This was a month after he had participated in a demonstration held against civilian killings in Kashmir during protests that had erupted after Hizbul Mujahideen commander Burhan Wani was gunned down by government forces on 8 July 2016.
Before he was jailed, Padder was known as an excellent student, a champion of human rights and someone with exceptional oratory skills. He intended to pursue a career in social sciences.
"The time spent inside the prison was extremely bad, especially the first few weeks. I was thrashed brutally when I was arrested for participating in a peaceful demonstration. I will never forget how I was made to strip in front of a dozen policemen before entering the jail. But my time in the isolation cell is something that will haunt me the most. I was numb and when I was finally introduced into the local jail population, I knew something had changed in me. Faith is what brought me back to whatever some people refer to as normalcy," Padder said.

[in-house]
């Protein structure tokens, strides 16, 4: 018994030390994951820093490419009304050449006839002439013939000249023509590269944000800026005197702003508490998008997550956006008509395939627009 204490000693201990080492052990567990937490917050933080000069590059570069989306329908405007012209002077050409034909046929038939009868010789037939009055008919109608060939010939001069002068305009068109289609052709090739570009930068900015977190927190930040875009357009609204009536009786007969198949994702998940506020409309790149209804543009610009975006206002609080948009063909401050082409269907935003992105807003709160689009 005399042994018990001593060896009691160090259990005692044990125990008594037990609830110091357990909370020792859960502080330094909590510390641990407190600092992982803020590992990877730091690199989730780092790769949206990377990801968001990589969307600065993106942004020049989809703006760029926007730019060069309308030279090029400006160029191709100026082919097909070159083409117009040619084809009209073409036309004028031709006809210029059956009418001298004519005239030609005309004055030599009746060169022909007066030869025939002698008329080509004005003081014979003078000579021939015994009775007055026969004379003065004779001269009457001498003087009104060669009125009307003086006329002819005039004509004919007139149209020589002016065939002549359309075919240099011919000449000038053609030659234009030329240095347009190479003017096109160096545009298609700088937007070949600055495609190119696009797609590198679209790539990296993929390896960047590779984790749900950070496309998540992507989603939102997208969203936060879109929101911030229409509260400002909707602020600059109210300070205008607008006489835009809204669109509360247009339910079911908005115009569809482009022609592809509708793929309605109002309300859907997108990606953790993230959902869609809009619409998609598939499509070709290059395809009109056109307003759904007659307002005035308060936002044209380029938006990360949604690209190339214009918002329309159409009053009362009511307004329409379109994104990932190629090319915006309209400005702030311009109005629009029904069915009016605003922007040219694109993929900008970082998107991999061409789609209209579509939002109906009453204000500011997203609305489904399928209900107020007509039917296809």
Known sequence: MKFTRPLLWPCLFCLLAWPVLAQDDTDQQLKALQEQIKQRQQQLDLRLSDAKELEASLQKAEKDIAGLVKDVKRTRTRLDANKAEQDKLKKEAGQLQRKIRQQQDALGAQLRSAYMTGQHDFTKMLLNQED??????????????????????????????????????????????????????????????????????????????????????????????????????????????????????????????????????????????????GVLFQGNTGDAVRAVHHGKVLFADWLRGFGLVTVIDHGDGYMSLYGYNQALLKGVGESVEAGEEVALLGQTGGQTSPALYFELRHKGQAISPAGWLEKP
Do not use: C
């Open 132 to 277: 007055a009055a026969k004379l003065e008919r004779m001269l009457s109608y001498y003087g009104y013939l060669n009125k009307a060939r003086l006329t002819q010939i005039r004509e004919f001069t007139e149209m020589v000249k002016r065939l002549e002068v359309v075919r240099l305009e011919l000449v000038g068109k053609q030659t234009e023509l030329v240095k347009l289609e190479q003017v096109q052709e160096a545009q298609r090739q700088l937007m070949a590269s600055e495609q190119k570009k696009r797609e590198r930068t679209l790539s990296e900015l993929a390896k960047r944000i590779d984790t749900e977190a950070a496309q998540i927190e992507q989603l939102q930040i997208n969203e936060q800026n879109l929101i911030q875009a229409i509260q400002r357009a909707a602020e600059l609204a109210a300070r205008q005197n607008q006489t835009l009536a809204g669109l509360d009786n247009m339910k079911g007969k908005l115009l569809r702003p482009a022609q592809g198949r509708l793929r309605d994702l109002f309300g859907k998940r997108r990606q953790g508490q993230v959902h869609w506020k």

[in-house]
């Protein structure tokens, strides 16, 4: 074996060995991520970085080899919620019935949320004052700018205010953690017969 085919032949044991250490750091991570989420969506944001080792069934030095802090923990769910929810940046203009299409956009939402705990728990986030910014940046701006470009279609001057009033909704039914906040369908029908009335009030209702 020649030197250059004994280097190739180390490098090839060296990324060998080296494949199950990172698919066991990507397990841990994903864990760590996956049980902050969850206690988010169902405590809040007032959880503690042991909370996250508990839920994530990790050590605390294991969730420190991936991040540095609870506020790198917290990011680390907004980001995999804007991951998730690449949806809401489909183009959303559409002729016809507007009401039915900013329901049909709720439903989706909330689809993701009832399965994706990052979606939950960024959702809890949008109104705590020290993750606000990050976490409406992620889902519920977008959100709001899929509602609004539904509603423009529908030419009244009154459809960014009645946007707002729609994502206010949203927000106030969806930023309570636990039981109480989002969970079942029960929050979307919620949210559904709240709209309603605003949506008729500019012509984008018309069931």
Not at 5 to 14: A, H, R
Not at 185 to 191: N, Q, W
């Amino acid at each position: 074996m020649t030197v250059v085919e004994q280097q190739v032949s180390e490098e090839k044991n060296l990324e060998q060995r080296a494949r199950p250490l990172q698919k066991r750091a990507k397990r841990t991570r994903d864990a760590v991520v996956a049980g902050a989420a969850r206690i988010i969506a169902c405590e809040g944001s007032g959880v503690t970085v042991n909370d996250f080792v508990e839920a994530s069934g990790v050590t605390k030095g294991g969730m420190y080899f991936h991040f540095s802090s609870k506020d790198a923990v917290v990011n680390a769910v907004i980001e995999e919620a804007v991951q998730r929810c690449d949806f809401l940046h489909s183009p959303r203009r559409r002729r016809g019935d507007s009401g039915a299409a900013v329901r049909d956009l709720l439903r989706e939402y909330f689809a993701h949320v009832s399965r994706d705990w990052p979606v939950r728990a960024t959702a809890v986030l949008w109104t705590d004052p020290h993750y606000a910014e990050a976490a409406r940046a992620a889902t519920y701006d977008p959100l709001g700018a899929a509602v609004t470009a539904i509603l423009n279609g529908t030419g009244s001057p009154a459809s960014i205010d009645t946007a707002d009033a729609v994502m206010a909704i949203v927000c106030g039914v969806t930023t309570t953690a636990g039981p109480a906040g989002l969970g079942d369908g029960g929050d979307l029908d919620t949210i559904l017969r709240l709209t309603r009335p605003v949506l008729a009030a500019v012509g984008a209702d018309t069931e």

After his release from prison, he hasn't been able to get back to his studies, due to the never-ending court hearings and constant summons from local authorities whenever there is any "trouble" in the region.
"I remember how the younger inmates including me were forced to do menial work. I don't believe any work is below me but the way they ordered us around was humiliating. Hurling abuses, pushing around, shoving were the least of our troubles," said the Doda resident.
Now 21, Padder says he lives by the motto "a single day lived free is better than a lifetime under slavery".
"Enduring oppression graciously is a quality but to accept slavery as a way of life is a sin," said Padder, who has now been out of jail for nine months.
There is no clear link to suggest that those brutalised by the prison system join the militancy—the number of active militants in Kashmir pale in comparison to those arrested every month.
Yet, Kashmir's new-age militancy, which has erupted in the past five years, does have examples of studious young men whose positions on the militancy hardened after a spell in prison—sometimes on trumped-up charges.